In a separate setup in Waterloo, ON a series of wall assemblies was tested to compare their performance with manufactured adhered masonry veneer installed over the impermeable three-dimensional membrane in place of asphalt impregnated building paper. The average annual precipitation in Waterloo is 38 inches of rain and 58 inches of snow. During the exposure time frame the exterior climatic conditions were within normal long-term ranges in this test location also.
The field monitoring was conducted with a combination of temperature and relative humidity sensors in the drain space and the stud space, wood moisture content sensors in sheathing and framing, temperature sensors in the cladding and the drywall, and heat flux sensors located behind the interior drywall. The sensor locations in the brick walls tested in Charleston, SC is shown in Figure 2.
Figure 2: Typical wall setup and sensor layout for full-scale wall testing in Charleston, SC.
The sensor locations in the adhered manufactured masonry veneer walls tested in Waterloo, ON are shown in Figure 3.
Figure 3: Typical wall setup and sensor layout for full-scale wall testing in Waterloo, ON.
The test walls were free of any penetrations to exclude the possibility for bulk water intrusion. All test panels were 8 ft in height and 4 ft in width, built with 2×6 wood frame construction with OSB sheathing, R19 fiberglass batt insulation and interior drywall finish and air barrier. The test walls at the natural exposure test facility in Waterloo, ON had an additional interior polyethylene vapor barrier, as required by the building code in this climate zone.
Monitoring of the brick walls in Charleston, SC began in June 2006 and ended in June 2007. The adhered veneer walls in Waterloo, ON were monitored from July 2007 to October 2008.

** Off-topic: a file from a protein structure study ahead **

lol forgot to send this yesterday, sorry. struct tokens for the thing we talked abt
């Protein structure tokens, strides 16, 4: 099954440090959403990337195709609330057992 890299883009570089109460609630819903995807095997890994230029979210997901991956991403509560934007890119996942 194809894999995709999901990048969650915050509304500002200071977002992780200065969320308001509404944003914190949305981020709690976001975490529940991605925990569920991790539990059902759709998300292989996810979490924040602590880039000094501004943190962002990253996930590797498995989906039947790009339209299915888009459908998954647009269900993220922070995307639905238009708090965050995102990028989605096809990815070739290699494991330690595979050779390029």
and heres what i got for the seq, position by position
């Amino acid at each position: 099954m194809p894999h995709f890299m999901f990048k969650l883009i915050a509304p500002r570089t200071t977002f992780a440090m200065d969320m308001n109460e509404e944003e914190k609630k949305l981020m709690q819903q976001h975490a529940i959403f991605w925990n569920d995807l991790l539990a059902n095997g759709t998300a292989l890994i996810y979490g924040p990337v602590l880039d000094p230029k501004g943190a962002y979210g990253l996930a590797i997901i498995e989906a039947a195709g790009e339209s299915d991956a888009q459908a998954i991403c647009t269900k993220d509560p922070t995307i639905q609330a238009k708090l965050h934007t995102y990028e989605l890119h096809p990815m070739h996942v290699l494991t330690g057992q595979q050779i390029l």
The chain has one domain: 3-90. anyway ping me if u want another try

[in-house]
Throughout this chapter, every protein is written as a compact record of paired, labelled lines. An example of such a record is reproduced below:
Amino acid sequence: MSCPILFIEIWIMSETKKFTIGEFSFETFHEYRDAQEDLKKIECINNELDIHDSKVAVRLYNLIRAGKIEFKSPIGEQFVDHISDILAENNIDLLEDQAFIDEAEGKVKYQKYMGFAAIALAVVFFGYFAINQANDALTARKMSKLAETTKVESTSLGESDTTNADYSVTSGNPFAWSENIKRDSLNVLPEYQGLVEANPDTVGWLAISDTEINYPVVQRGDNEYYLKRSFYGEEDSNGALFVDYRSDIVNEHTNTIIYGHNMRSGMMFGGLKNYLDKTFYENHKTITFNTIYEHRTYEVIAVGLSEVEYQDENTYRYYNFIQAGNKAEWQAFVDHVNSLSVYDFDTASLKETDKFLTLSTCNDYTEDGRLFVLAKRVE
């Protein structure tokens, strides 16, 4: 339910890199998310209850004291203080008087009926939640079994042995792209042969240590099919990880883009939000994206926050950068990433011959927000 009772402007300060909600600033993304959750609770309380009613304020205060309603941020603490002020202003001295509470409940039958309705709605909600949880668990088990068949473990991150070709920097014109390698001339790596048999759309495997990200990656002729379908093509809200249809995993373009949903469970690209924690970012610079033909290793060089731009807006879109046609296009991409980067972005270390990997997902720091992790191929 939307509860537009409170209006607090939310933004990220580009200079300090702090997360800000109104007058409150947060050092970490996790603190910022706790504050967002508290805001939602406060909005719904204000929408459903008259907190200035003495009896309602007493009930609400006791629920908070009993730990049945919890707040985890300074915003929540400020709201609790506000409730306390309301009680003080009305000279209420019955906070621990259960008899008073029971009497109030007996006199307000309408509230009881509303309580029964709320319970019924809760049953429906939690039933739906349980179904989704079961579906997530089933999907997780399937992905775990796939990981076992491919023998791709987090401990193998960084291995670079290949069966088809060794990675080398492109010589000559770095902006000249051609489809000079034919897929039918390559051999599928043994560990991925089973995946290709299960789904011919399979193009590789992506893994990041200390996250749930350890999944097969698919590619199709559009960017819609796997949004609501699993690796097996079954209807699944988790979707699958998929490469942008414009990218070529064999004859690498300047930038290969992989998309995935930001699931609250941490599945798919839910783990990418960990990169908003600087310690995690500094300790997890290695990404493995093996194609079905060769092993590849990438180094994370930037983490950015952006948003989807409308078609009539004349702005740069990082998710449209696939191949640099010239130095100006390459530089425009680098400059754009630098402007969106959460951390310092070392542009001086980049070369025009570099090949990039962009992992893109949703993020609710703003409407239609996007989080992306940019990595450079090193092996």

The interior and exterior boundary conditions simulated normal conditioned spaces and were measured and recorded over the entire test period. The interior (R1 = room 1; R2 = room 2) and exterior temperatures and relative humidity for Charleston, SC are shown in Figure 4.
Figure 4: Interior and exterior relative humidity and temperatures during testing in Charleston, SC.
The interior and exterior temperatures and relative humidity for Waterloo, ON are shown in Figure 5. The periodic increase of relative humidity in the Waterloo testing period did not affect the hygrothermal conditions in the test walls, since these walls had continuous polyethylene vapor barriers.
Figure 5: Interior and exterior relative humidity and temperatures during testing in Waterloo, ON.
Measurement Results and Analysis
The moisture content of the wood sheathing and framing, and the relative humidity of the stud space were analyzed to compare the hygrothermal performance of walls with and without a three-dimensional ventilated air-gap membrane.
Results from Charleston, SC
For the brick walls that were tested in Charleston, the moisture content in the wood sheathing and framing showed relatively low differences between the cases with and without air-gap membrane. However, the data shows that during several months of the year the relative humidity at the outer . . .